Diseases, Conditions, Syndromes

Testing tuberculosis vaccine combinations for COVID-19

Researchers at the University of Sydney and Centenary Institute are repurposing an existing tuberculosis vaccine to see if it can be used in a new way against COVID-19 to develop a novel vaccine.

Diseases, Conditions, Syndromes

MMR vaccine could protect against the worst symptoms of COVID-19

Administering the MMR (measles, mumps, rubella) vaccine could serve as a preventive measure to dampen septic inflammation associated with COVID-19 infection, say a team of experts in this week's mBio, a journal of the American ...

Immunology

Age-related impairments reversed in animal model

Elderly people are more prone to infectious diseases as the function of their immune system continuously declines with progression of age. This becomes especially apparent during seasonal influenza outbreaks or the occurrence ...

Immunology

New adjuvant successful in extending immunity against HIV

Researchers at the Yerkes National Primate Research Center and the Emory Vaccine Center (EVC) are first to show a new adjuvant, 3M-052, helps induce long-lasting immunity against HIV. The study results are published today ...

Immunology

Tuberculosis vaccine strengthens immune system

A tuberculosis vaccine developed 100 years ago also makes vaccinated persons less susceptible to other infections. While this effect has been recognized for a long time, it is not known what causes it. Together with colleagues ...

Diseases, Conditions, Syndromes

AstraZeneca agrees to make COVID-19 vaccine for Europe

Drugmaker AstraZeneca struck a deal Saturday to supply up to 400 million doses of an experimental COVID-19 vaccine to European Union countries, the latest in a series of agreements as scientists, governments and pharmaceutical ...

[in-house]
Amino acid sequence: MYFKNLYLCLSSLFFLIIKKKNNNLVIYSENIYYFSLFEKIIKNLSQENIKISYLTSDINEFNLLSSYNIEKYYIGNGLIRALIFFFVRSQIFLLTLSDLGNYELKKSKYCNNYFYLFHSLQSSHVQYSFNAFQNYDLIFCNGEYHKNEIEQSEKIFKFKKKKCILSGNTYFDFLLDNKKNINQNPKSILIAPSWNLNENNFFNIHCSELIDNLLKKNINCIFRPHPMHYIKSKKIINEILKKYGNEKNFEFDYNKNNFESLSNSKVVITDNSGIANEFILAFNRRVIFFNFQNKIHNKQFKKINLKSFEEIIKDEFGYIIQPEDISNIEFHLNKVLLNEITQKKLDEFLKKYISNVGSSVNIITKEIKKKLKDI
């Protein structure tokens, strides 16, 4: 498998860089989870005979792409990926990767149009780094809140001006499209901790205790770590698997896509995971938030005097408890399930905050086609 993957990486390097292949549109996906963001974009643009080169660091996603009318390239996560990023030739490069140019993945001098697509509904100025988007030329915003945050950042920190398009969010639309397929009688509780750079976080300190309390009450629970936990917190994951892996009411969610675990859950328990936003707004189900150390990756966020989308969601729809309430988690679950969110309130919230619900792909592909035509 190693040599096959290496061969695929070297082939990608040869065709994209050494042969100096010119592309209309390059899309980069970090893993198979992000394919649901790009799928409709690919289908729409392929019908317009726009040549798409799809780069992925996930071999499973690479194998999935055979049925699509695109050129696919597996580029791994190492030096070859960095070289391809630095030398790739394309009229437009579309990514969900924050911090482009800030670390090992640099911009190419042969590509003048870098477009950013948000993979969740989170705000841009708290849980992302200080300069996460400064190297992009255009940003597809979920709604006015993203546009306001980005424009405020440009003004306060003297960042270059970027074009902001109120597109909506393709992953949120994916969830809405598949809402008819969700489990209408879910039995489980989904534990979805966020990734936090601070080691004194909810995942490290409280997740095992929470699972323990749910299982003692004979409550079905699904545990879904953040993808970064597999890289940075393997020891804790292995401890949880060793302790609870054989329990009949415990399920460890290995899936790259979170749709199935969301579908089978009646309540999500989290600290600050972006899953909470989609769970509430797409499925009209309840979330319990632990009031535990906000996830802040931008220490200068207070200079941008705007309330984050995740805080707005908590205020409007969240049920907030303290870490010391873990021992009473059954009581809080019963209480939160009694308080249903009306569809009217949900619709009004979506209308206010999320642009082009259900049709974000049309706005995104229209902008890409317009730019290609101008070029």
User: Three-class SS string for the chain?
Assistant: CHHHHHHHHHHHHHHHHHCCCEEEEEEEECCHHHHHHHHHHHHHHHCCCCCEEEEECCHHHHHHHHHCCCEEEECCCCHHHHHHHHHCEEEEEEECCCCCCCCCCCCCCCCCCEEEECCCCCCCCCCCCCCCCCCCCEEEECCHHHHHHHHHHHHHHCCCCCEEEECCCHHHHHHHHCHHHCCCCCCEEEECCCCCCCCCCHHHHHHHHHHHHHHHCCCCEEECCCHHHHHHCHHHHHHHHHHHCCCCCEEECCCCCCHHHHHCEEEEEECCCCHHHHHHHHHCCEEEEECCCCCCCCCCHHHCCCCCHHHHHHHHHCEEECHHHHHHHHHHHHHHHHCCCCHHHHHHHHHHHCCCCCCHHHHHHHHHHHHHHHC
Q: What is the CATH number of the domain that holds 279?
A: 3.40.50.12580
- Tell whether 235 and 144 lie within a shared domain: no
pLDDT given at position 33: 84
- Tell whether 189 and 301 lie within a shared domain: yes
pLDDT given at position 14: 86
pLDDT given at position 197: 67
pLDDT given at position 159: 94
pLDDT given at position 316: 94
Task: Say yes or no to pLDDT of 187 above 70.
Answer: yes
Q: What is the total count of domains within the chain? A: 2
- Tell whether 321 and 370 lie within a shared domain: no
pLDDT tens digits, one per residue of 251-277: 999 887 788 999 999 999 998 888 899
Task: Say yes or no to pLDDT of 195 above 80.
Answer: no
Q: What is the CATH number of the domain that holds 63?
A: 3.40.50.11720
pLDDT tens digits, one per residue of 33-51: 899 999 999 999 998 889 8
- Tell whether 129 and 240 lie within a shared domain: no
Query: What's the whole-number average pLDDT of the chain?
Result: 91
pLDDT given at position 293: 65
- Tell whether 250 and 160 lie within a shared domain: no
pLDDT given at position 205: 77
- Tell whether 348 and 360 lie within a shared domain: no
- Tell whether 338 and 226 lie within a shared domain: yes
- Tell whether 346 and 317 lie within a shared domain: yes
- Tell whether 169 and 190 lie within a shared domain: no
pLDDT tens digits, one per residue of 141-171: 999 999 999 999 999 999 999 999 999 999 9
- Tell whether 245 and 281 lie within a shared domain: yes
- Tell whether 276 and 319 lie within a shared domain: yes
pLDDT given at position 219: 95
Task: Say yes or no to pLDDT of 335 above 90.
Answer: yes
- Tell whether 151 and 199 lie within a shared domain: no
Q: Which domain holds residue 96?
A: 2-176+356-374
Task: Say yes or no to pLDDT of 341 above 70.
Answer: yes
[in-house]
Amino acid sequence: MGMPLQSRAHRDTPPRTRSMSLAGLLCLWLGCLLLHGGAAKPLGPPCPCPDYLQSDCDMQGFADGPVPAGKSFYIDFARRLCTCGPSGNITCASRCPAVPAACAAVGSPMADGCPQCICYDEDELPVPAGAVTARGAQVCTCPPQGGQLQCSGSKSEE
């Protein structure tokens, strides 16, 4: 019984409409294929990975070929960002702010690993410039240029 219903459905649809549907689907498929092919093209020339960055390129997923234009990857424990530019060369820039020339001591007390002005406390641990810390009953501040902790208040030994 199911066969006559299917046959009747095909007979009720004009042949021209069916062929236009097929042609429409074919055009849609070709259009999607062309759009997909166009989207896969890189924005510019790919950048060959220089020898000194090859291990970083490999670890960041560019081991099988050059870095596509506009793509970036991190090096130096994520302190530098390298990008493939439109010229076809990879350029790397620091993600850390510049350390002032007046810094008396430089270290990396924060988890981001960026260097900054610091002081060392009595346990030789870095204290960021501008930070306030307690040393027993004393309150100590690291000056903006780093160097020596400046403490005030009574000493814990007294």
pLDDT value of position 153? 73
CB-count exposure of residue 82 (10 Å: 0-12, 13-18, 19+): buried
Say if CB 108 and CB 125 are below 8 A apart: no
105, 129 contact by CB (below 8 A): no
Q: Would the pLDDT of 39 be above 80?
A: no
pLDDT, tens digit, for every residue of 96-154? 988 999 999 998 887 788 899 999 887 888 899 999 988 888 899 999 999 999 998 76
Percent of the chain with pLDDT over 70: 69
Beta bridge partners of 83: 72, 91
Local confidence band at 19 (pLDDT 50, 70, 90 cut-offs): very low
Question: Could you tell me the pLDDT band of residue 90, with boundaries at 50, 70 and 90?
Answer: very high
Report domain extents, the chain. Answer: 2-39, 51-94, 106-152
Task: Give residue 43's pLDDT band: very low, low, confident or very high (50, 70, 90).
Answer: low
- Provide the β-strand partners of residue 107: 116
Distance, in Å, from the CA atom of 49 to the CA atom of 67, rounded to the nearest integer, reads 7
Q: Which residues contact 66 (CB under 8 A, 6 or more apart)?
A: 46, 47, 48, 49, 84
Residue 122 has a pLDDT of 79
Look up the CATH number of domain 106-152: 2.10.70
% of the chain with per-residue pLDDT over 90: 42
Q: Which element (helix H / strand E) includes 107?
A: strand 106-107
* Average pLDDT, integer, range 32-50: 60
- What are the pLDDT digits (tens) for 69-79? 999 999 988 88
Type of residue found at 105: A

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Vaccine

A vaccine is a biological preparation that improves immunity to a particular disease. A vaccine typically contains a small amount of an agent that resembles a microorganism. The agent stimulates the body's immune system to recognize the agent as foreign, destroy it, and "remember" it, so that the immune system can more easily recognize and destroy any of these microorganisms that it later encounters.

Vaccines can be prophylactic (e.g. to prevent or ameliorate the effects of a future infection by any natural or "wild" pathogen), or therapeutic (e.g. vaccines against cancer are also being investigated; see cancer vaccine).

The term vaccine derives from Edward Jenner's 1796 use of the term cow pox (Latin variolæ vaccinæ, adapted from the Latin vaccīn-us, from vacca cow), which, when administered to humans, provided them protection against smallpox.

This text uses material from Wikipedia, licensed under CC BY-SA